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Monday, 14 February 2011

Back When Valentine's Day Meant Something

Exactly a year after our wedding, my first husband announced that he wanted to leave me. There wasn’t anyone else; we were getting along quite well, or at least it seemed that way to me. He just didn’t think being married was the way he wanted to go. A bit like he’d thought sage green would be nice for the sitting room curtains, but once they were hung he decided that orange would go better with the carpet; or, after ordering an extra large pizza he’d realised he wasn’t that hungry after all and wished he’d gone for Regular.

The fact was that he’d made up his mind. His reasons were straightforward. He wanted to be a successful lawyer, and a wife ringing him in the evening, wanting to know when he’d be back, was interrupting his concentration. I’m not being sarcastic when I say I can see how that could have been very annoying. No, really, I’m not. He didn’t see any point talking about it. He knew it was the right thing to do.

So, he packed his bags and left the next weekend, right? Wrong. He said he'd move out over the May bank holiday. Which would have been pretty normal sounding if the original decision had been made in April, or even March, or even January, at a pinch. But this was the end of September. So between the announcement and the actual move, we had to get through the clocks going back, and the weather getting colder, and Christmas, and my birthday, and then, just over the half way mark, Valentine’s Day.

I like to have a bit of time to get used to things, too. I mean, I’m not one to exchange contracts and complete a house purchase on the same day. I only buy from shops with a liberal returns policy. But seven months is a long time to live with someone who’s decided their vows don’t count any more. It was a small house too, there wasn’t much room. I didn’t like to tell people, it was just a bit too weird. I could have thrown his stuff onto the pavement, but it wasn’t my style. And on top of that, property values were exploding under Nigel Lawson’s bubble and I was hoping for an amicable settlement.

So, Valentine’s Day. He asked me if I’d like to go out for a meal, to celebrate. To celebrate what? To celebrate Valentine’s Day. Better than mooching about at home thinking about what everyone else is doing. Possibly. Okay, I said.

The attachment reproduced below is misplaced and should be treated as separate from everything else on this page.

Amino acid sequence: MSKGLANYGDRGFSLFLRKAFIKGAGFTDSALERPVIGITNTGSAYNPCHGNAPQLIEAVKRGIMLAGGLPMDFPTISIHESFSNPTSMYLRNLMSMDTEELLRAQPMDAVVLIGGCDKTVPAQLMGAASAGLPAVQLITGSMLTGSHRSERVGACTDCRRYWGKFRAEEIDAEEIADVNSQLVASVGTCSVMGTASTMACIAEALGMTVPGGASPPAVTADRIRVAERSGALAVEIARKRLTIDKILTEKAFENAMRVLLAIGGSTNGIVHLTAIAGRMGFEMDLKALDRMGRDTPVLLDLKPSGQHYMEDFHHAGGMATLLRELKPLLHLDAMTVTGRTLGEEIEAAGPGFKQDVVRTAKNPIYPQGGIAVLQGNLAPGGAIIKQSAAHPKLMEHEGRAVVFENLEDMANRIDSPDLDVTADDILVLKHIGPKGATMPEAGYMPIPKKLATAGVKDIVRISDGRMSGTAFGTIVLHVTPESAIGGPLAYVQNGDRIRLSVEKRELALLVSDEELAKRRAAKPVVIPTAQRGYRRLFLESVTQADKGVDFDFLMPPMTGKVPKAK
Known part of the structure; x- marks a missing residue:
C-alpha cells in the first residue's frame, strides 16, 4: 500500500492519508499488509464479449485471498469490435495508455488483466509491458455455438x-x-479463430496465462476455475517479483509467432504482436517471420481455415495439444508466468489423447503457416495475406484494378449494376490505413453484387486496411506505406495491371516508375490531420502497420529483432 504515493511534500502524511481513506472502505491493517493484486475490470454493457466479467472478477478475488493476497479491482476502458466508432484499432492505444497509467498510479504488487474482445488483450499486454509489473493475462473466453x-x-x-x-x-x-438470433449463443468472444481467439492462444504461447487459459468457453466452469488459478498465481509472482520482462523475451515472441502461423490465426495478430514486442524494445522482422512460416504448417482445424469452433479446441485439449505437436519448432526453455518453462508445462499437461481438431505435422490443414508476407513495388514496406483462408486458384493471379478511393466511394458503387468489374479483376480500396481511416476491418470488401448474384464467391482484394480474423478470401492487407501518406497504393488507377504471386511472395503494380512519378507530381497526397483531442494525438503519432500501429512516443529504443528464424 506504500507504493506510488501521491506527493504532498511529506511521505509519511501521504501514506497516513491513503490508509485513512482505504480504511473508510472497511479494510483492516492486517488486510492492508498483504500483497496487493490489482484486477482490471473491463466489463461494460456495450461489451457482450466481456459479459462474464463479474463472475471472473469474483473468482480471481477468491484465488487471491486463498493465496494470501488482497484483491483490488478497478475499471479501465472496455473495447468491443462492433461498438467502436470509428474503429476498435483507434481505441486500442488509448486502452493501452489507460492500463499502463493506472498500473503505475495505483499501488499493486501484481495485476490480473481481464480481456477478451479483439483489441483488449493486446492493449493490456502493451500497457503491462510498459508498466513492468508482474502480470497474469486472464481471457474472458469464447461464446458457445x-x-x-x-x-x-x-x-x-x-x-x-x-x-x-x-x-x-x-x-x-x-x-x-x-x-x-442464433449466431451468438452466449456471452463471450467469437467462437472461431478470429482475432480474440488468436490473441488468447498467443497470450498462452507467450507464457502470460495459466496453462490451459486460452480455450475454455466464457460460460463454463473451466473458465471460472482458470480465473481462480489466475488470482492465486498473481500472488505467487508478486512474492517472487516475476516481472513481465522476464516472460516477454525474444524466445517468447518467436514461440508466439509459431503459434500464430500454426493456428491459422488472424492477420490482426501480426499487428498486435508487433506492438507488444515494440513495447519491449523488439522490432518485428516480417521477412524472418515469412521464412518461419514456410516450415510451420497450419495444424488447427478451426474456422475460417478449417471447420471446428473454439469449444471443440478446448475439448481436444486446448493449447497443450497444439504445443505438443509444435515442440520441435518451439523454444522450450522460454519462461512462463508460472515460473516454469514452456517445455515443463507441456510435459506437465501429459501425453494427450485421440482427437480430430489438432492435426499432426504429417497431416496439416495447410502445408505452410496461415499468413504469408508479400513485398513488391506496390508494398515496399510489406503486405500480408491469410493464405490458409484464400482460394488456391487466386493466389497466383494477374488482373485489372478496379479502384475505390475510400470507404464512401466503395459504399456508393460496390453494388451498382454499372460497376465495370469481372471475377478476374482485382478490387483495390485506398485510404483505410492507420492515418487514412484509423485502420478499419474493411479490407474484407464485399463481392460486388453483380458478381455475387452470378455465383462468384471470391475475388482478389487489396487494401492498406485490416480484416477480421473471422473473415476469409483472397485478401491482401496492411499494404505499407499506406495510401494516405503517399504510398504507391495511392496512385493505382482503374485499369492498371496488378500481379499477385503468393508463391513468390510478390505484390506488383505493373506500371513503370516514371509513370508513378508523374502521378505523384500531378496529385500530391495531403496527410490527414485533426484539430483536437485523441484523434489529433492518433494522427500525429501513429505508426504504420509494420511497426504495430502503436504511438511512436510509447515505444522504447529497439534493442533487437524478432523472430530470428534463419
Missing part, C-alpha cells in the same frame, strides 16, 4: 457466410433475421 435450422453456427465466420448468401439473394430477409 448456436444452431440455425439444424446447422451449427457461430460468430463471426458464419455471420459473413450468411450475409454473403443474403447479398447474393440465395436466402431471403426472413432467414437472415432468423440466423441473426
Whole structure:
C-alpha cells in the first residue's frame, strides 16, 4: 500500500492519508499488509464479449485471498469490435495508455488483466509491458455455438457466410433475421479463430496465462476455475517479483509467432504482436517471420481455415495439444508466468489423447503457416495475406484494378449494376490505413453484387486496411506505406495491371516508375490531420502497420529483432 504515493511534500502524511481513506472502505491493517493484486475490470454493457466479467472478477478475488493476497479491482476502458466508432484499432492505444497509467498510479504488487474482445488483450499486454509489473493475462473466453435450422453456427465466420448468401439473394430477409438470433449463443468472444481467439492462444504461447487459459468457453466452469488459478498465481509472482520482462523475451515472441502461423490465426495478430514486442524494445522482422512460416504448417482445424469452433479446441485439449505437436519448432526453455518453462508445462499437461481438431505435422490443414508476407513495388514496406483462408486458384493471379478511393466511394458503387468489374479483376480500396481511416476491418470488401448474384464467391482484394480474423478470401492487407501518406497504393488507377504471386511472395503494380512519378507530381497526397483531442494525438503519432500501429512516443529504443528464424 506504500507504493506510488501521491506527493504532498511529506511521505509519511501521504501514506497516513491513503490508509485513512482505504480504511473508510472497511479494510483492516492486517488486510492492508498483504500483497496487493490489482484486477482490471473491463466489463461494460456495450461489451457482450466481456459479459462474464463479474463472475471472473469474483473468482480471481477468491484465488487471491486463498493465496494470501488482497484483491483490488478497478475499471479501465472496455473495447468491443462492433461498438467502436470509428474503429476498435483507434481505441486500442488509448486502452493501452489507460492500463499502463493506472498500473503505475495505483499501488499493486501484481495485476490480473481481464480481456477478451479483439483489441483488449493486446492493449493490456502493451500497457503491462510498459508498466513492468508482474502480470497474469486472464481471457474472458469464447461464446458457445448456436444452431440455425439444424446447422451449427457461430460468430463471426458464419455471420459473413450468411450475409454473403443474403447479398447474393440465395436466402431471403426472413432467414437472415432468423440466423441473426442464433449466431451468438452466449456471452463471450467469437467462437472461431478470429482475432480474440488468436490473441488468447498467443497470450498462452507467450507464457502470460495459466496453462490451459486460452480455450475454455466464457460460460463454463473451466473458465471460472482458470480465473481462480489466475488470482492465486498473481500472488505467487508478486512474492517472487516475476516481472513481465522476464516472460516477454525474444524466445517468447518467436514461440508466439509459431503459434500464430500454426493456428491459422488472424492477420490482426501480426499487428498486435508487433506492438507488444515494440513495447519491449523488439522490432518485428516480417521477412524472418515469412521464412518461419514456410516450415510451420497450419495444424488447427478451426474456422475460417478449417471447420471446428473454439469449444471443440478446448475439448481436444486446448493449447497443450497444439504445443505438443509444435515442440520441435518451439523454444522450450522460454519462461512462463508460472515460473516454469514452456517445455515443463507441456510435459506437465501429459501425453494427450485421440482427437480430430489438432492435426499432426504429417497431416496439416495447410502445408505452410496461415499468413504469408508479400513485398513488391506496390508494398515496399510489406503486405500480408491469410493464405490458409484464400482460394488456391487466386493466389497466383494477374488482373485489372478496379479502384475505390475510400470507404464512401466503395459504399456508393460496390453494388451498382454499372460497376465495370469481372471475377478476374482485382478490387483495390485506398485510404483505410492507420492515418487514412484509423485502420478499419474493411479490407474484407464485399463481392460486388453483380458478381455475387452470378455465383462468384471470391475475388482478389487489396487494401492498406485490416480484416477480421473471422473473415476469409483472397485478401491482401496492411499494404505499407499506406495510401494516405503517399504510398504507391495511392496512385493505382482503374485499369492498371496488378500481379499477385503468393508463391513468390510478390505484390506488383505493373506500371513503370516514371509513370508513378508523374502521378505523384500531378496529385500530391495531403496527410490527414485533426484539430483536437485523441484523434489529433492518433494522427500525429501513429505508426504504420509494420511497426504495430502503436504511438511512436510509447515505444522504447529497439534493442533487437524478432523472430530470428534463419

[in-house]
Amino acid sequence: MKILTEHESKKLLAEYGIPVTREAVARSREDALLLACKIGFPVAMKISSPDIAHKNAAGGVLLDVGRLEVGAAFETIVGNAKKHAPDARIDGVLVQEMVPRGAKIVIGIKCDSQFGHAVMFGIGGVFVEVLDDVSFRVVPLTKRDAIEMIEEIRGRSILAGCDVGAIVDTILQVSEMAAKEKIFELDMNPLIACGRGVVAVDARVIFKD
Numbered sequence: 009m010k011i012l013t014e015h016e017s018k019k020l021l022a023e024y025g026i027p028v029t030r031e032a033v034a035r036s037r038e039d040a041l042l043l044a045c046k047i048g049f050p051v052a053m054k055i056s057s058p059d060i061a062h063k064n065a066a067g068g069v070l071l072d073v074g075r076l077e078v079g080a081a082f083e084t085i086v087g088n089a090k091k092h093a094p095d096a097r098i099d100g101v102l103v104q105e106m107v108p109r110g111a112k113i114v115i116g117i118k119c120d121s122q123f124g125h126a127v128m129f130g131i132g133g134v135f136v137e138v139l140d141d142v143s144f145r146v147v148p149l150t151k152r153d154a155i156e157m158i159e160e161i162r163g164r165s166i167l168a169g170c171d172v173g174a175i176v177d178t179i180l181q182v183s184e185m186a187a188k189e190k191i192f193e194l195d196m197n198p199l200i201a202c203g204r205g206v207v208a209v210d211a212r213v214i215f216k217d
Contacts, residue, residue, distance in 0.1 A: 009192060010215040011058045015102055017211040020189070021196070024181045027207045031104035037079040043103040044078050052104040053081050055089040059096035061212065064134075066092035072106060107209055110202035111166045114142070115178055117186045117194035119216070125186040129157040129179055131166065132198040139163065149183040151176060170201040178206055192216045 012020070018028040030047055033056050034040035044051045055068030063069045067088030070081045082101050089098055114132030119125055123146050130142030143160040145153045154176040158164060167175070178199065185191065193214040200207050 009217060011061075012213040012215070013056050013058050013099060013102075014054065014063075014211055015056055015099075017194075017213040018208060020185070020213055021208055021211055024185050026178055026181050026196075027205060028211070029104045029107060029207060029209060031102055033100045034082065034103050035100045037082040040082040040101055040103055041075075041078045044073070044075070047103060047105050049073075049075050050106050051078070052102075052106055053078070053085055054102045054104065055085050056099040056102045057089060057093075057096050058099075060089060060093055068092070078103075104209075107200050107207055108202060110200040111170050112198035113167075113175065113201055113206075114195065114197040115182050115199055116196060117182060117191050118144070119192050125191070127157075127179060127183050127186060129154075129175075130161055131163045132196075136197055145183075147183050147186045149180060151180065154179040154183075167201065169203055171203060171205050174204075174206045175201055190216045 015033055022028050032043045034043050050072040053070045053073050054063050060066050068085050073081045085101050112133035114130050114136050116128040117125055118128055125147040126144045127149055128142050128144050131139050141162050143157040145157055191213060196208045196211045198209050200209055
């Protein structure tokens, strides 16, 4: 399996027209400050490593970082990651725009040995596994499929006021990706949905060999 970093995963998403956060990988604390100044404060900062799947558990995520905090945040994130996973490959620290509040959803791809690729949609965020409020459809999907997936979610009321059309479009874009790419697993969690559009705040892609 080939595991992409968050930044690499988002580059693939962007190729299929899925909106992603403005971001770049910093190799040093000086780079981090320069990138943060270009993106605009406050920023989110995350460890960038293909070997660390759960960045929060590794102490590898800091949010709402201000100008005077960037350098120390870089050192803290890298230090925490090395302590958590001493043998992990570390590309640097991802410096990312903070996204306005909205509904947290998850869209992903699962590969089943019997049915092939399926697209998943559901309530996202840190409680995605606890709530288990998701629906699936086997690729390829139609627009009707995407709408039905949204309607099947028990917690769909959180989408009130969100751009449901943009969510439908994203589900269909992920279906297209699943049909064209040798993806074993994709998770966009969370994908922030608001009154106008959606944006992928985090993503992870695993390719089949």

The restaurant was packed with couples, of course, and as if he had picked up some subliminal communication, the waiter seated us in the darkest, hottest, noisiest corner and then apparently forgot all about his intuitive perception and presented me with a single red rose. It wasn’t funny. It was awful. Everyone else was enjoying themselves, that was obvious, holding hands, smiling, laughing, looking into each other’s eyes, feeding each other morsels of pudding, licking the spoon clean, all that kind of carry on. And then us. Not touching, not looking at each other, not speaking. Not even eating. I left the rose on the table, instead of a tip.

The weeks that followed were simpler somehow. For a start, there weren’t that many of them left. The weather got better. We discussed what we’d do about the house. I planned a holiday with some friends. I began to look forward to May which has always been my favourite month.

The next Valentine’s day I made a collage from pieces of fabric. Two figures, a girl and a boy; his trousers were tartan wool and his shirt was pink linen; she had a red corduroy skirt a blouse of Liberty lawn and they were holding hands. The year after, I did the same card but the girl standing sideways, so you could see she was pregnant, and the year after there was a little girl between them. Then I got too busy to make cards, what with that baby and another one, and everything. Now the kids get Valentine's cards, and go out for dinner with their girl friends and boyfriends, squashed in with all the other couples, demonstrating, mourning, escaping, chasing, celebrating their love.

Funny, I rarely think about my first husband. I know he thinks about me even less, because a few years ago I came across someone who'd met him. This person told me he'd once shared a long car journey with my ex-husband and been treated to his entire life story. There'd been no mention of a wife. I think about him easily. I'm not bitter or sad or cross, just very glad he did what he did. Otherwise, just imagine, I might still be hanging on to Valentine's Day.


  1. Goodness me, Penelope, what a long time ago it seems but you have described it all so perceptively. (You should blog more often . . . ) I may, at this point, have to resort to cliche and say, look how far you have come since that ill-fated Valentine's Day. Oh dear, I just did. But you have. And, as you say, just as well he did what he did; the alternative does not bear contemplating.

    Belated greetings, by the way, for that special birthday.


  2. Hmm Penelope, very perceptive... and great to see you've started blogging again. Mx

  3. A sad story of human frailty and decency-made no less sad by time-but a terrific bit of writing.

  4. Thanks for these lovely comments